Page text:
A Letter To My Special Friends

By Sister Angela Battung RGS

Sister Angela, a regular contributor, introduces us to some of her friends in the nursing home in Halifax, Nova Scotia, where she works. They include one whose ‘name’ is that of a popular Canadian beer!

My dear special friends,

I want to thank you all for making me a part of your lives.You, each of you, have been and are a blessing to me. Some of you have praised me for some kindness I have done and continue to do for you by ‘bringing Christ’ to you.You have done much more for me than I have done for you.Each time I went to see you, I found Christ waiting for me with you!

The Prostitutes Will Go Into Heaven Before Us

Sr Angela Battung RGS

Sr Angela Battung, RGS has been a missionary most of her life. Now in Canada with older people, she looks back on her difficult years in Korea and the frustrating ministries she was involved in. Strangely enough it was at work with the prostitutes that grace almost became tangible and it was this work which she remembers with joy.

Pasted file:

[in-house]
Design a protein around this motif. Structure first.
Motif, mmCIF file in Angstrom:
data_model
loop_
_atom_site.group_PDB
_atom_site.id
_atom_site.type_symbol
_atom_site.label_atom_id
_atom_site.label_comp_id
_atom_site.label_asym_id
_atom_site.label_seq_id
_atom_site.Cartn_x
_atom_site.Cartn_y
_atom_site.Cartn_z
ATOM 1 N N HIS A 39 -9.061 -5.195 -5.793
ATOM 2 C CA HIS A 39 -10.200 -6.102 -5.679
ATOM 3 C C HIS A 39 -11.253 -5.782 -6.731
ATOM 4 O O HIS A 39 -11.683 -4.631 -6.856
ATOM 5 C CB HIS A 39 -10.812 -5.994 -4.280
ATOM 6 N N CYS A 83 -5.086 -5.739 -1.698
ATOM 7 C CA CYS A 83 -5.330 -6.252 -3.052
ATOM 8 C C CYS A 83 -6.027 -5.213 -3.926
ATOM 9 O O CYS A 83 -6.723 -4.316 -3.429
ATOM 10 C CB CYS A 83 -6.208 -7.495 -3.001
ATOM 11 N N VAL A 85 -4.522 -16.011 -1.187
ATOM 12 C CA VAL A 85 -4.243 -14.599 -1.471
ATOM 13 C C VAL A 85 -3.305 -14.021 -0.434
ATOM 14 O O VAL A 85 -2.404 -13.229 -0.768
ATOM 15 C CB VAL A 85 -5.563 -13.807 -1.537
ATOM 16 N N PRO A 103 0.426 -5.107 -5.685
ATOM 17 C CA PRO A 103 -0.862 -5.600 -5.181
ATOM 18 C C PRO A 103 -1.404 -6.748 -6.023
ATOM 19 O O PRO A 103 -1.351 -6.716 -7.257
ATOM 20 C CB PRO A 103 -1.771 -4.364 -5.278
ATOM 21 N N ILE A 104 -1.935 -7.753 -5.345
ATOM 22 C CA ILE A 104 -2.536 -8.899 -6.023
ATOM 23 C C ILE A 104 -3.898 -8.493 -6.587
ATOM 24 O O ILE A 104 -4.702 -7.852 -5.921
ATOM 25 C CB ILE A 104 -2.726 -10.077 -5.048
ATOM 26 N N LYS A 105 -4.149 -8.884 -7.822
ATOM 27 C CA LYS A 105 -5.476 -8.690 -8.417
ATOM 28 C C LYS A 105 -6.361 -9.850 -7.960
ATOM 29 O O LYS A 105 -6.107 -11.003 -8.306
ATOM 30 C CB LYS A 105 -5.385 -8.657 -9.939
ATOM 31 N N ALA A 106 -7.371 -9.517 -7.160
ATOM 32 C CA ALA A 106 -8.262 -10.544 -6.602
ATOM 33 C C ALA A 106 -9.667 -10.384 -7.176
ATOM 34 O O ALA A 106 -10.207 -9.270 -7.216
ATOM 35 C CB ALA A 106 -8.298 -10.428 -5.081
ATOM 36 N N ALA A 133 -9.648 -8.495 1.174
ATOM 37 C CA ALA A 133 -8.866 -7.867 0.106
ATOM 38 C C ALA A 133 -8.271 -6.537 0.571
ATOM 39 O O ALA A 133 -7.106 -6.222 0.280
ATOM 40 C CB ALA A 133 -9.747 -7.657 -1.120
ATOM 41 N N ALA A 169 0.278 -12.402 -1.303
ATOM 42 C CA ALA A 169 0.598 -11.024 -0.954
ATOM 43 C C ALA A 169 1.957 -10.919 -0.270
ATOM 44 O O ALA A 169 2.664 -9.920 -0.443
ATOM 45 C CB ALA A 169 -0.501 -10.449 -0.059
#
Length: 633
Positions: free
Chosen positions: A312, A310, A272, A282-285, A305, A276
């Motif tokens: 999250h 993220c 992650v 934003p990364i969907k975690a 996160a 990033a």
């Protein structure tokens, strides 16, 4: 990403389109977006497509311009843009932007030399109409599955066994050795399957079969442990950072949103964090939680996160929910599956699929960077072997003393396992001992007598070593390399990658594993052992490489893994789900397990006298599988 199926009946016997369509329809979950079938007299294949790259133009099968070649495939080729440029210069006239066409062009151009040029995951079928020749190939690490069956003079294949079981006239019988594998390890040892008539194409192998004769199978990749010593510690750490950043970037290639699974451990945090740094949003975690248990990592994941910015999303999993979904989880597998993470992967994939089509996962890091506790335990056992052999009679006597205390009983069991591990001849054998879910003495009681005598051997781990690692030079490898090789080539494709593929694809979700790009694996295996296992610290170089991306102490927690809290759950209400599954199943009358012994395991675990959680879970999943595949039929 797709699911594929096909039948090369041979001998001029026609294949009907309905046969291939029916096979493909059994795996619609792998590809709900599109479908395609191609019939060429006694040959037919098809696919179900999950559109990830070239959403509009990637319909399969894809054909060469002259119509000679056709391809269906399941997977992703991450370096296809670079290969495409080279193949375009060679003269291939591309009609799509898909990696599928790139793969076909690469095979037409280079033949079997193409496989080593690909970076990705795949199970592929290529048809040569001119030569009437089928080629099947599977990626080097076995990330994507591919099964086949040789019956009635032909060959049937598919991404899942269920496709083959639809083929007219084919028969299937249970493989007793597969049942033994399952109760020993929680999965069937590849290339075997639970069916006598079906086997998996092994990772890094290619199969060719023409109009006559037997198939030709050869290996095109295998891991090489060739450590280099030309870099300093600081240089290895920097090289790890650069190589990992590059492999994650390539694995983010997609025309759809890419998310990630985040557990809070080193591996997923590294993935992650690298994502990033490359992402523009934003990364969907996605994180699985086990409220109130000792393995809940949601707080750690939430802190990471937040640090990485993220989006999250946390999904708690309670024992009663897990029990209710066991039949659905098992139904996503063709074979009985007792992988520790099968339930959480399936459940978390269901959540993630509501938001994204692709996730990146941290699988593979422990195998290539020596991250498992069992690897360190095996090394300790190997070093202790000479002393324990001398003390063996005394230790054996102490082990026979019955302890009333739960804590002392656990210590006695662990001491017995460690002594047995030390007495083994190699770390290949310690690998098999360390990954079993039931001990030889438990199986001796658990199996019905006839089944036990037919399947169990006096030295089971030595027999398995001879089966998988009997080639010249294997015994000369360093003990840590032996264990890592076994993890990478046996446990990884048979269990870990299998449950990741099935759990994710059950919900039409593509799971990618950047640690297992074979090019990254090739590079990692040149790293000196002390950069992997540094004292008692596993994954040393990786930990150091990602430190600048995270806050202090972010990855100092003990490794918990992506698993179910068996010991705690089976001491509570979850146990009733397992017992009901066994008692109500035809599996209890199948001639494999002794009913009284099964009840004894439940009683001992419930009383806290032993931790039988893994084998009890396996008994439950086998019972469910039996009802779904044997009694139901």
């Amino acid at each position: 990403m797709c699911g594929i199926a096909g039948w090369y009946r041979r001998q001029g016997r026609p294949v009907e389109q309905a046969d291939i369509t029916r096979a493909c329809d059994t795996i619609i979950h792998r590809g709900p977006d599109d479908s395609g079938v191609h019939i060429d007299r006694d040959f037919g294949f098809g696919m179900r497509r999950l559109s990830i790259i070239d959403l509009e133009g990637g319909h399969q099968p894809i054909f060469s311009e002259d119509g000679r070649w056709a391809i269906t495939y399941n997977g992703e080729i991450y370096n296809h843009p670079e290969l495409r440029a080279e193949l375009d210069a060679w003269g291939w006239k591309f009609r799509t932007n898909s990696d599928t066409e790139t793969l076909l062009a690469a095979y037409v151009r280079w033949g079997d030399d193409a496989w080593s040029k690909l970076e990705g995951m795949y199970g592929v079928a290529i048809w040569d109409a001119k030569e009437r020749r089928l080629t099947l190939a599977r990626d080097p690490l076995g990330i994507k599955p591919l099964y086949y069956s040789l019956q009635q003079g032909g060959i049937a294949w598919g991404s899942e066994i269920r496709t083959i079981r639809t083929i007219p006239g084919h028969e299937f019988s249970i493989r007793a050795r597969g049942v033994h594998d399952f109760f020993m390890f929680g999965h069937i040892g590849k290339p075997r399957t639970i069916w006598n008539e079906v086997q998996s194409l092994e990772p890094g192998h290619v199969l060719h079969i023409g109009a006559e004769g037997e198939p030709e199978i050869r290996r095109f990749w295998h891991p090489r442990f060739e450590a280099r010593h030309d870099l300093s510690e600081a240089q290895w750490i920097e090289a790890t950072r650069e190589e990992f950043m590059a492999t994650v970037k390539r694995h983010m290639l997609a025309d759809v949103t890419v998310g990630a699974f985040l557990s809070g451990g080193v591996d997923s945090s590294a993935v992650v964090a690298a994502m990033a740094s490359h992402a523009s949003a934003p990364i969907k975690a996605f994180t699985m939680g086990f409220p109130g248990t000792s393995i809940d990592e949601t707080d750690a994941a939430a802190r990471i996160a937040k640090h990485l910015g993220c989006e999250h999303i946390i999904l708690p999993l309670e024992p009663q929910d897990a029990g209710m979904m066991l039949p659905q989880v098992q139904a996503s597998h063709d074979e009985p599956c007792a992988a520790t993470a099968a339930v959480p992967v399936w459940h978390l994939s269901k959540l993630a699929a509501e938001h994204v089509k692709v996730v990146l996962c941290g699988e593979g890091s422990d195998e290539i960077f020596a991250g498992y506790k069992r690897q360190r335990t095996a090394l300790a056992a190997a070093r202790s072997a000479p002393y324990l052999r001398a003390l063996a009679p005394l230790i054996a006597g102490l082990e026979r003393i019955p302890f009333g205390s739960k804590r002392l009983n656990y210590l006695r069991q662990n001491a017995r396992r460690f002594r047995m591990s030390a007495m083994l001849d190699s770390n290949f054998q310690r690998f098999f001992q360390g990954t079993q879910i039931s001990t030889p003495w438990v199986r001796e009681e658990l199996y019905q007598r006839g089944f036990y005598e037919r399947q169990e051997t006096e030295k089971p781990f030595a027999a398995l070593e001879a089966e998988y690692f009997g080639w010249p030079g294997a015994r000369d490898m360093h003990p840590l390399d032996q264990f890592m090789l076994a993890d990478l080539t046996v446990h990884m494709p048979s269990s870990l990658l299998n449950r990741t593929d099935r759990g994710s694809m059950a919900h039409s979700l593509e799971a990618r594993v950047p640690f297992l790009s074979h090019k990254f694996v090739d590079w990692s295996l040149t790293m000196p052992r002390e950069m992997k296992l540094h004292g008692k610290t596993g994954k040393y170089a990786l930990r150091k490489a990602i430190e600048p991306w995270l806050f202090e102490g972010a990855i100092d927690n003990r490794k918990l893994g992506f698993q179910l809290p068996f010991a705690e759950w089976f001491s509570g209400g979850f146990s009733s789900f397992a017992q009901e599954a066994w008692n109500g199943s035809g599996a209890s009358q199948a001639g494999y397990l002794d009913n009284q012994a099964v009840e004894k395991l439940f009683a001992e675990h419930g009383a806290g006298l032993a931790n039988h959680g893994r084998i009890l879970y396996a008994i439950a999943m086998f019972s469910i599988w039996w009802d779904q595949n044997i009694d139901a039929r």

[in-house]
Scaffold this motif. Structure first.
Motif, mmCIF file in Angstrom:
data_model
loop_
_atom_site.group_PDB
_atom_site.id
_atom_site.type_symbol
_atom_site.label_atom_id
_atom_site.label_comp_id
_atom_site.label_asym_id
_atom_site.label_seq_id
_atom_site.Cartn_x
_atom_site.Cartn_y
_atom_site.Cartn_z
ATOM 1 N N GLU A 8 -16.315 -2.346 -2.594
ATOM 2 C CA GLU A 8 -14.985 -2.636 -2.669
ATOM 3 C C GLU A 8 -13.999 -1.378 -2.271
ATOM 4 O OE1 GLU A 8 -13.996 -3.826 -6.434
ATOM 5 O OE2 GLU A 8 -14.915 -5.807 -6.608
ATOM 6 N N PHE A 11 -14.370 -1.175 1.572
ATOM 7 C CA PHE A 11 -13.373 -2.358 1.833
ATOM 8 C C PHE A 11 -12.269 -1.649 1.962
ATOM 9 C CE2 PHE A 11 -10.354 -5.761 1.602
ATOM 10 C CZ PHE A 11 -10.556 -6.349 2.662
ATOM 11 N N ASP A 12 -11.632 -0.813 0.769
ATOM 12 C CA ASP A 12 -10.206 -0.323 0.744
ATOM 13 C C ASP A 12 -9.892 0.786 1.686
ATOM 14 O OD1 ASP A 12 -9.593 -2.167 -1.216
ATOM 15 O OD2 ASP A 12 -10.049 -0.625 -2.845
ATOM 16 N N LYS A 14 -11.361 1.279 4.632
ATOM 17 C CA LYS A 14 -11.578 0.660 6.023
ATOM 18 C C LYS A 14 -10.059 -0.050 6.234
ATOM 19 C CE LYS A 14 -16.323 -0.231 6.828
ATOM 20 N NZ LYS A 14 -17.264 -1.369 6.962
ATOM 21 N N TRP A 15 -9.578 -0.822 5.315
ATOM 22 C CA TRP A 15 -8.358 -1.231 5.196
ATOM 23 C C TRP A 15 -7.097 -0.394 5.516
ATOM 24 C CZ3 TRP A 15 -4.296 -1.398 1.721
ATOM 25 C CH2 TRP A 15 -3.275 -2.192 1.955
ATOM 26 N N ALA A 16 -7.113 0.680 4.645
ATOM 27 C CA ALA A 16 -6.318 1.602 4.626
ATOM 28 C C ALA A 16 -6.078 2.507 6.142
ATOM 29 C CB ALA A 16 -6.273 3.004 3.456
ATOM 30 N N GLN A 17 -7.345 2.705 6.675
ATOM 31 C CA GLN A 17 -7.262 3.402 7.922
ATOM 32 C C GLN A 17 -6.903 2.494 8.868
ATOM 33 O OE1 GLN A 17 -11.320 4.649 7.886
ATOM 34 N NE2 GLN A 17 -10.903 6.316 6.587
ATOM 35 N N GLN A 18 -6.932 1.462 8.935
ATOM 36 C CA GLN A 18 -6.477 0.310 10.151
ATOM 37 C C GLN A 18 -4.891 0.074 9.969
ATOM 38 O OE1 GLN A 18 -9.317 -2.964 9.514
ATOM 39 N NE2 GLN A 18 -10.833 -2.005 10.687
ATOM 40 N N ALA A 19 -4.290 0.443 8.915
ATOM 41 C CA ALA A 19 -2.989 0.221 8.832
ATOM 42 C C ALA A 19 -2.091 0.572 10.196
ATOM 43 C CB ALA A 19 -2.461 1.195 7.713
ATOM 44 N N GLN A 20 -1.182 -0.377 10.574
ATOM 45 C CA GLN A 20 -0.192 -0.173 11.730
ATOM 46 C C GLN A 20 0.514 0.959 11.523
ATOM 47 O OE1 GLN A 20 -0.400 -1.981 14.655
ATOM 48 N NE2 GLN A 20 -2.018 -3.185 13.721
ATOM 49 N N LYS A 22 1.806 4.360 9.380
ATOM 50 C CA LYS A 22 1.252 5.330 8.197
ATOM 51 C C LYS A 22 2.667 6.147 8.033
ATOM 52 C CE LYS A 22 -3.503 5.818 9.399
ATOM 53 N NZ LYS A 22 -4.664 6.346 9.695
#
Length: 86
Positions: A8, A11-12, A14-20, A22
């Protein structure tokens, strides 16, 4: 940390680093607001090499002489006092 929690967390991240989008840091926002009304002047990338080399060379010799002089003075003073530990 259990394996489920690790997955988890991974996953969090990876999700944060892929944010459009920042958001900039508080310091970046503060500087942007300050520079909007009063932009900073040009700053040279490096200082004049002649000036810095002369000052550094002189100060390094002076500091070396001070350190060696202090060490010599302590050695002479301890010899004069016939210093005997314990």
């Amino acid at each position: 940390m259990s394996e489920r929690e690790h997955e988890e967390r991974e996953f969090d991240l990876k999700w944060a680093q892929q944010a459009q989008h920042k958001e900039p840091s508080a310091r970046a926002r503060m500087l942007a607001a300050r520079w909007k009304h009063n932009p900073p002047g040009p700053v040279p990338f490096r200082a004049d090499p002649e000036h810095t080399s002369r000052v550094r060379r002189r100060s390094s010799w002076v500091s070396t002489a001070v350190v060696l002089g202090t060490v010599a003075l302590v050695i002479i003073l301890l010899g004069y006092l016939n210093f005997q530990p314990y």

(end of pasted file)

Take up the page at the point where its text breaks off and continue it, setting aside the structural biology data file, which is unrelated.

One of my first ministries in Korea was probably the most frustrating in my life. It was at a large American Base. I worked at the Chaplain’s office as a marriage counselor to American airmen marrying Korean women. Actually my work was to prepare the couples for the Sacrament of Matrimony. The women mostly were bar girls or prostitutes who wanted to go to the land of “unimagined wealth and luxury” or they just wanted free access to PX (imported) goods. The men were no better. Mostly they were those who never went to Mass or Services and cursed freely, hanging out at the Air Base Main Gate or the periphery. Some wanted to marry anyone they could use for black market. “We need an Asian, preferably Korean for the family whore house. Korean women are exotic spice for the flesh trade,” they would say. They had a variety of reasons for marrying. Some disgusting, others unbelievable, most were ‘business deals’. They were going to use each other. They both knew it, but who cared anyway? As long as they made money out of the union!